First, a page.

Test, Drugs, and Ethics: A Discussion With Our New Supervisory Psychologist
Dr. Renee Lexow expounds on different intelligences, privacy, stimulants, changes in test results reporting, and more
Shaped by the legendary Dr. Abbie Salny, the role of Supervisory Psychologist has been vital for American Mensa, fulfilling a Mensa International requirement and helping to maintain the validity of the Mensa Admission Test and the other tests the organization accepts for admittance.
Dr. Renee Lexow assumed the role earlier this year after the retirement of Dr. G. Frank Lawlis, who had served as Supervisory Psychologist since 2002. Dr. Lexow is a licensed psychologist educated at Ferris State University and The Chicago School of Professional Psychology. She spoke recently with Timothy Brooks, CAE, American Mensa’s Director of Membership.
Timothy: By and large, psychologists have acknowledged there are forms of intelligence that don’t necessarily come through in the tests that we currently have. What intrigues you the most about this development in our understanding of intelligence?
Dr. Lexow: I love the idea of expanding the idea of intelligence in general. I love the idea of us, instead of just saying, oh you’re in this group or that group as far as intelligence goes, just because this one test said you were, to look at something that really expands our understanding of what intelligence is.
Just on a personal level, when I see someone who maybe can pick up any musical instrument and just play it, even if they’ve never used it before, they’ve never seen it before, but they can pick it up and play it and they can play it beautifully — I look at someone who can do something like that, and I’m usually in awe because I’m not very musically or artistically inclined. I look at that and I say, “Wow, that’s a real gift that that person has,” not knowing that maybe they failed out of school or maybe they don’t even know how to read and write.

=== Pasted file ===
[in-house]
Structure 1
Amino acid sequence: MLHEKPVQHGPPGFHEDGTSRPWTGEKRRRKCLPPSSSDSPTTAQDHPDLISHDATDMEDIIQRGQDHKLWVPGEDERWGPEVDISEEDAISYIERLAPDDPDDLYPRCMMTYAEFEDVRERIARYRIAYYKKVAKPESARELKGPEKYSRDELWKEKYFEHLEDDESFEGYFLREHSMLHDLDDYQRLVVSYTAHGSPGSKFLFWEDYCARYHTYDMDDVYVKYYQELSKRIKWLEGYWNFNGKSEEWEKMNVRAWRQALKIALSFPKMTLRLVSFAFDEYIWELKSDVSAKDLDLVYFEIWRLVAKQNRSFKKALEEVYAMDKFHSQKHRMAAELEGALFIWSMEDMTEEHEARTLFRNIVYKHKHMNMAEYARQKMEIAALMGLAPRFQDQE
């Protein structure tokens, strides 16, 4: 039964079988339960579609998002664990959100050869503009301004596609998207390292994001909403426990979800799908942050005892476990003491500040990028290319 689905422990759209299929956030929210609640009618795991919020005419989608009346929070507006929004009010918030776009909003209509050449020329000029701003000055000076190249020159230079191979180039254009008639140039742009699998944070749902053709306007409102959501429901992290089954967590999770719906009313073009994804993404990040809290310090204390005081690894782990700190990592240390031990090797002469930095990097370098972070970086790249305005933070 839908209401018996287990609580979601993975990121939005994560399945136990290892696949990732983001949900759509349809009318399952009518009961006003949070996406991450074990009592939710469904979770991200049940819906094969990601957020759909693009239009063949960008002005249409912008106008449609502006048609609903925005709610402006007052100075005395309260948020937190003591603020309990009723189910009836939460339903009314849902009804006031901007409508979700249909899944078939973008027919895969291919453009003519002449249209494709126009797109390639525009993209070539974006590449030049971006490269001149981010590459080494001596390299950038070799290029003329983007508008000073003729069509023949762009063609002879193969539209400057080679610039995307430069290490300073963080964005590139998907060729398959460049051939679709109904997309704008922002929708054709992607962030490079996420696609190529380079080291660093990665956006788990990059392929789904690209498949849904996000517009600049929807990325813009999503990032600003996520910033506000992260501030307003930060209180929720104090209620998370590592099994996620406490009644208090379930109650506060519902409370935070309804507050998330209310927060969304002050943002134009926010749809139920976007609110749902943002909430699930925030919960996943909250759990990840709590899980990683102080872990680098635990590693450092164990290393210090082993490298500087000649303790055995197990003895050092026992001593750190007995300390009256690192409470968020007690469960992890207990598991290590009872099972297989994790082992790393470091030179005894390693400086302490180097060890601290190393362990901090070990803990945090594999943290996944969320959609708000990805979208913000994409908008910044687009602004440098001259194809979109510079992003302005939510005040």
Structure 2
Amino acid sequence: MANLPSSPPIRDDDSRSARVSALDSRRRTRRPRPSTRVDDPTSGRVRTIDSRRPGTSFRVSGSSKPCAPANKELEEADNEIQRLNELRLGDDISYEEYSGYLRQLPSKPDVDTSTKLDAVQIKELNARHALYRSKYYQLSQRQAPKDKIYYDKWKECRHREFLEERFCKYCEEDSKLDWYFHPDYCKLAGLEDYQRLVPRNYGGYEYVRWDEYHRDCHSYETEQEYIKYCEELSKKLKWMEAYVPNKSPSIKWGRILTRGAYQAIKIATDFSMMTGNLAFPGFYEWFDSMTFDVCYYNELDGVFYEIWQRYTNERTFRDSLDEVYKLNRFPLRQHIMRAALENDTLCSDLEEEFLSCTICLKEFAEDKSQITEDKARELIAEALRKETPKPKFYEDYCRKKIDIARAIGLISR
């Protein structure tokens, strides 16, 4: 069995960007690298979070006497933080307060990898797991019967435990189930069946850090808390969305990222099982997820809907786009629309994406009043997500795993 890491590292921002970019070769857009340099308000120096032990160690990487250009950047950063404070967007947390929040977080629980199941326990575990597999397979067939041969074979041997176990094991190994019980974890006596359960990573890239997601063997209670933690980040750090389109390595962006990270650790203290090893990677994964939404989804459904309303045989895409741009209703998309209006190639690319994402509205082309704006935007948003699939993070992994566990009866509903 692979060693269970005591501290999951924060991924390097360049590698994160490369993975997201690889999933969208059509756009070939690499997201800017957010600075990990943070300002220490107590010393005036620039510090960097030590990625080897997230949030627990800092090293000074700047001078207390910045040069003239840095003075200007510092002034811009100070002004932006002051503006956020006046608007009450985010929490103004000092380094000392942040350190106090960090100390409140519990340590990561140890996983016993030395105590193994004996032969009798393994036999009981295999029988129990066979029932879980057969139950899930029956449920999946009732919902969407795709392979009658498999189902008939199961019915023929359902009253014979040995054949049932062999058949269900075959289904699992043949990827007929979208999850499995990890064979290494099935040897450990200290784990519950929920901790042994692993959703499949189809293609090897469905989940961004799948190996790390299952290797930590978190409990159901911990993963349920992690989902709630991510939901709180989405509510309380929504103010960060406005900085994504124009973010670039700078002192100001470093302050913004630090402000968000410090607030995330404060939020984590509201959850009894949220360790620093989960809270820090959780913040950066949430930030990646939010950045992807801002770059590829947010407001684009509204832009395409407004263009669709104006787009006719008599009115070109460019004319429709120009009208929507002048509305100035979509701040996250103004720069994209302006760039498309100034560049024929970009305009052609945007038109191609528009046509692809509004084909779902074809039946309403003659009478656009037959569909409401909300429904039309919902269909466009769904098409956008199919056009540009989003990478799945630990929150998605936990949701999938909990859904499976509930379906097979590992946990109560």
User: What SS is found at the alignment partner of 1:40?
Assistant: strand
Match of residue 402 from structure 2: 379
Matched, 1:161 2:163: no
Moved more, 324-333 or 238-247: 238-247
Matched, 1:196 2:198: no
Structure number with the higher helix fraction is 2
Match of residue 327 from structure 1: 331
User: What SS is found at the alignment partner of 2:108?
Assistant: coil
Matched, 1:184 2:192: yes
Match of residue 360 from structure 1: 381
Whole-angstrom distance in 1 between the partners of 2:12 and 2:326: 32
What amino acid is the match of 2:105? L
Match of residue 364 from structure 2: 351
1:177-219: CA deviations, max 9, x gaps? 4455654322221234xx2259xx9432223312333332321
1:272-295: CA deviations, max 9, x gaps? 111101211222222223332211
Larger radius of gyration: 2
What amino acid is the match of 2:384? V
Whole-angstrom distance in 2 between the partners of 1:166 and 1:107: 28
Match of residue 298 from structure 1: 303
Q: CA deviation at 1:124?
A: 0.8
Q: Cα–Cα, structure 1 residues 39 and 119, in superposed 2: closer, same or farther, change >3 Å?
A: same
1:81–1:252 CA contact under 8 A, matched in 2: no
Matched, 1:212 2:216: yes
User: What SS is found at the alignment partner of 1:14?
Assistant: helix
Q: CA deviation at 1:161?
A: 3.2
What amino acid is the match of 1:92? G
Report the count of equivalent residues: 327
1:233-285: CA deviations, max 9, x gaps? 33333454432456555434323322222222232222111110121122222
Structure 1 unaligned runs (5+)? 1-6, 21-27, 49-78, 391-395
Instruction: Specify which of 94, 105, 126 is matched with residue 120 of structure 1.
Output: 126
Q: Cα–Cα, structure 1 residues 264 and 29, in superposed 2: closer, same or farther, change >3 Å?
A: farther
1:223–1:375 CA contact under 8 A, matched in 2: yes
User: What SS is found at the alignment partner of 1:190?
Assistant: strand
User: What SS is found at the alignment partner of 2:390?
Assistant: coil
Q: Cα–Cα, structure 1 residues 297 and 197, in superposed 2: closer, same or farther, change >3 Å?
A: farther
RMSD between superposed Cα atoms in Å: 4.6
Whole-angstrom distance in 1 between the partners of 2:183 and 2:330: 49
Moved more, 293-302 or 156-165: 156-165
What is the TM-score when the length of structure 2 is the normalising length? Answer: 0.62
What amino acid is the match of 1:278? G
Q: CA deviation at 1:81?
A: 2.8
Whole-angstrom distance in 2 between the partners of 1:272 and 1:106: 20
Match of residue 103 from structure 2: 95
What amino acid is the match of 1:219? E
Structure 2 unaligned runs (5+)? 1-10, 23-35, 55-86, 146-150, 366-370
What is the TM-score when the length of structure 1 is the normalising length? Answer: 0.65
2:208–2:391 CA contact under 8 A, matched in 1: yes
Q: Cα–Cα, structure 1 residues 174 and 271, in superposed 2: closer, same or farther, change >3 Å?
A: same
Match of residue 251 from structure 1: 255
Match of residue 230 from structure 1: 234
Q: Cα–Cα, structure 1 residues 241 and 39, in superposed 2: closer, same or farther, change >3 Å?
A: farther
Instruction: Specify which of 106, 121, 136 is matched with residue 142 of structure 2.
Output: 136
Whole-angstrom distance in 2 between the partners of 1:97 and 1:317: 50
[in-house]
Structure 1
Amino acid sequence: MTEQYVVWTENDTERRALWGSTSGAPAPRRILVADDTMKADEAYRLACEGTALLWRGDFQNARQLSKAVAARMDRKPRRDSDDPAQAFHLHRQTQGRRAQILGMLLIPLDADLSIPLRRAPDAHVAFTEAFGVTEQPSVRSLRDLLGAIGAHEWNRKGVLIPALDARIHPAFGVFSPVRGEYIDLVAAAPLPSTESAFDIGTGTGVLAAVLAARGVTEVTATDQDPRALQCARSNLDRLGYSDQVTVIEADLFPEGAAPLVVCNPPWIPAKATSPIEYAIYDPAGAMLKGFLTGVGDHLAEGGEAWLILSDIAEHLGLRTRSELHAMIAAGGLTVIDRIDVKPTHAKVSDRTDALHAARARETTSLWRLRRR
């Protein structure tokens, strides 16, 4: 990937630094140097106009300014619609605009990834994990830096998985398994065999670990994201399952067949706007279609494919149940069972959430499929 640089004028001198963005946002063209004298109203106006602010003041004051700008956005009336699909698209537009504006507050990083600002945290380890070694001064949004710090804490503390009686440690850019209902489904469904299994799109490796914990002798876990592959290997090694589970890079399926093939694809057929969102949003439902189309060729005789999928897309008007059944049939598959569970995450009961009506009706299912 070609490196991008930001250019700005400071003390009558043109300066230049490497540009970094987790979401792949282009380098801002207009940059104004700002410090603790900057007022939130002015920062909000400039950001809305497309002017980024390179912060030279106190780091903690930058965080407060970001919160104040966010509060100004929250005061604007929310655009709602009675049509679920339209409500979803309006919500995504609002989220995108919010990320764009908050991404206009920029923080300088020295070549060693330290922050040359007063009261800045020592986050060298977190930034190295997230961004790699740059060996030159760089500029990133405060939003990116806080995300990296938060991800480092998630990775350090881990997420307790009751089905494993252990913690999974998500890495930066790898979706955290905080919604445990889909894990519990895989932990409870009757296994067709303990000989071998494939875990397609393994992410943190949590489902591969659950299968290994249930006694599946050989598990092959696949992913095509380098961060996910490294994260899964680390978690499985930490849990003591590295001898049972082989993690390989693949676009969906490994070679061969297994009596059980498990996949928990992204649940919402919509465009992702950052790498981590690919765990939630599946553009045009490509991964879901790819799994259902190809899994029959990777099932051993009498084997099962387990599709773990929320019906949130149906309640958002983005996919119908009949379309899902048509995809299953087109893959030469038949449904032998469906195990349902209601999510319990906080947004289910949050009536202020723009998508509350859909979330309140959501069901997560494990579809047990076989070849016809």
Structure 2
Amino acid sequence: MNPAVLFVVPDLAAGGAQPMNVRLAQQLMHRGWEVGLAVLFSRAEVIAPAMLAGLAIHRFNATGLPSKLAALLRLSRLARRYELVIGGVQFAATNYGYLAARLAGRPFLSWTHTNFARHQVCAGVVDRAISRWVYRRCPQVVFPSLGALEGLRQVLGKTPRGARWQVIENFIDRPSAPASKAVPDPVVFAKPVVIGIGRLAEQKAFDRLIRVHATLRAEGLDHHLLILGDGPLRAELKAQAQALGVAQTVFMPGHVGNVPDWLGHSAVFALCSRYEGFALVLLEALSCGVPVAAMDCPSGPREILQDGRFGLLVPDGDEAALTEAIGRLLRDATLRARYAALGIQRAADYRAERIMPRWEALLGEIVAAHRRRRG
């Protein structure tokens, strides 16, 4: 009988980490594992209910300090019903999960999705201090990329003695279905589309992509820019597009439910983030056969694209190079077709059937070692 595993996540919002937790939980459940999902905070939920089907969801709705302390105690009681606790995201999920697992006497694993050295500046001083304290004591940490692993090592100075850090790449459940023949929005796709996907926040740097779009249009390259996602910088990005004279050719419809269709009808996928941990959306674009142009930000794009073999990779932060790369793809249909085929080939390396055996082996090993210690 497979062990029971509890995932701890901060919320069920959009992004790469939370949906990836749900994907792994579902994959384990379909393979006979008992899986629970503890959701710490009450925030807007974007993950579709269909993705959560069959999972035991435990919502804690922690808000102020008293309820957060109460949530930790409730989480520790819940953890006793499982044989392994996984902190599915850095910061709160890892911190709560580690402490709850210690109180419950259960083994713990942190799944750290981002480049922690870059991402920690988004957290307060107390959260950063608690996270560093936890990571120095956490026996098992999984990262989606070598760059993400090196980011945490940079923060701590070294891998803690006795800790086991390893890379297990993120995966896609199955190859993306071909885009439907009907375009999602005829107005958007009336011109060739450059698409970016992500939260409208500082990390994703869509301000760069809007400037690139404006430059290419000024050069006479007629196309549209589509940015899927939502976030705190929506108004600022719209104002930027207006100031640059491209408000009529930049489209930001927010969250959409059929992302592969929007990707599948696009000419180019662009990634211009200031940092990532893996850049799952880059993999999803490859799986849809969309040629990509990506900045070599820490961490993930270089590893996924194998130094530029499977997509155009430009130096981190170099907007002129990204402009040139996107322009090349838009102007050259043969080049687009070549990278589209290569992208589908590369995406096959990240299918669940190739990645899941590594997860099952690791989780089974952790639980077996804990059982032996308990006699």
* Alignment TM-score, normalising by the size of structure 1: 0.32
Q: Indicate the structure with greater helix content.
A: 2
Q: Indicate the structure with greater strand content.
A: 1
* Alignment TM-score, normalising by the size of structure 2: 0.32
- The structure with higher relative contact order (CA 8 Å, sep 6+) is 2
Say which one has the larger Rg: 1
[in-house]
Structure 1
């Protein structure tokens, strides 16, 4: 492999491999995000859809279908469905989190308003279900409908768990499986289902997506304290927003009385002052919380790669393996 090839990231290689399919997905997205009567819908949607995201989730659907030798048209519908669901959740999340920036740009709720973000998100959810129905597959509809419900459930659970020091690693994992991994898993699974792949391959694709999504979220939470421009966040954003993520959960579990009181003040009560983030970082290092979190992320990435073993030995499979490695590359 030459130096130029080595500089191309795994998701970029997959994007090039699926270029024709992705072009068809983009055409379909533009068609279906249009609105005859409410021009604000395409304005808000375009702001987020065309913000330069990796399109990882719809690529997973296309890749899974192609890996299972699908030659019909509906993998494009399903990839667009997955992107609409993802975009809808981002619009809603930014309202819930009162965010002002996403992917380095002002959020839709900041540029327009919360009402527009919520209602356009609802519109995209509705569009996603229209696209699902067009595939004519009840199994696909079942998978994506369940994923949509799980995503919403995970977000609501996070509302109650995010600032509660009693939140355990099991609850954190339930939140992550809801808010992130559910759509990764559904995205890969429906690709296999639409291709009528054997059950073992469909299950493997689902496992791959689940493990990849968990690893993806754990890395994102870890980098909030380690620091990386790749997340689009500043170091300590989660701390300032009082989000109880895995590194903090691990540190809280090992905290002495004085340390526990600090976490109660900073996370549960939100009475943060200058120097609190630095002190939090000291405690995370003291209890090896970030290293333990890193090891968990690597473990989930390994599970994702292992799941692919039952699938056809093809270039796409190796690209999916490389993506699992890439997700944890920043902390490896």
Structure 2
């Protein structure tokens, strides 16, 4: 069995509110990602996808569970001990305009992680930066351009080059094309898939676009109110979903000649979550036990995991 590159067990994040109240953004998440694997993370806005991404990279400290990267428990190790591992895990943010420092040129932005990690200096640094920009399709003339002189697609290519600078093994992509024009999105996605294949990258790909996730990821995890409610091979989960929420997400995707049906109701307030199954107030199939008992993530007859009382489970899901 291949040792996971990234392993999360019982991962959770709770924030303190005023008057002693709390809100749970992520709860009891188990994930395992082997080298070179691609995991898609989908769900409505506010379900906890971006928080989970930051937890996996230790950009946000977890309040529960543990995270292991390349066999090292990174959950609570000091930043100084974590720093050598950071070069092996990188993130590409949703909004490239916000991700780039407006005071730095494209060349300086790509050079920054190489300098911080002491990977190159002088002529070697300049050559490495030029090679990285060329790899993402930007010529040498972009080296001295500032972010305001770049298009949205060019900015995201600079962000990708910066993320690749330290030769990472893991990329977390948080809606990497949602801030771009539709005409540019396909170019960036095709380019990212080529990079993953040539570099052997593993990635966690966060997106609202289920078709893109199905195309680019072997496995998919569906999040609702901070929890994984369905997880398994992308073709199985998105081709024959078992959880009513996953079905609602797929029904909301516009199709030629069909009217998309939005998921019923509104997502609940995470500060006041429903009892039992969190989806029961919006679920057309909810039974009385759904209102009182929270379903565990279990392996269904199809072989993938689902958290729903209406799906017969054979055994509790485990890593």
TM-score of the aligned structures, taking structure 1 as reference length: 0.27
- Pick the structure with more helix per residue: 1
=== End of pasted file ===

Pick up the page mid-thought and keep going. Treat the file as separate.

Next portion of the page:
I’ll tell you, intelligence in general is what initially got me interested [in psychology]. My grandfather dropped out of school in the eighth grade. He had an eighth-grade education, and when he dropped out of school he started farming. He worked really, really hard his entire life, and he built a pretty large company, a farming partnership with my dad and my uncle.
With an eighth-grade education my grandfather could do mathematics in his head faster than you could get your calculator out. […] My dad’s the same way. My dad is extremely mathematically gifted. Not just being able to do calculations but conversions from solid weight to liquid ounces and from metric back to the U.S. standard. And he can multiply and divide and do portions. It’s fascinating. Yet my dad barely passed high school. Never went to college, barely passed high school, and I started looking at that.
My grandfather was not only wonderful at math, but he was a really solid businessman. He built something from absolutely nothing. When I was in college and I started taking psychology classes […] and we were talking about crystallized versus fluid intelligence, I started saying, “Hmm, my grandfather’s crystallized intelligence….” He learned throughout the years obviously from experience but with an eighth-grade education. He very clearly didn’t have a lot of crystallized intelligence in life based on academics, yet he was a very intelligent individual, and I started being curious about that. How would one measure that? What does that mean? What if he didn’t get good grades? What if on a standard IQ test his fluid intelligence wasn’t very high either? How would we explain that? That was really my first experience with it. It just sparked this fascination in me — these tests that are supposed to measure this [do so] for some but not for others. How do we explain that?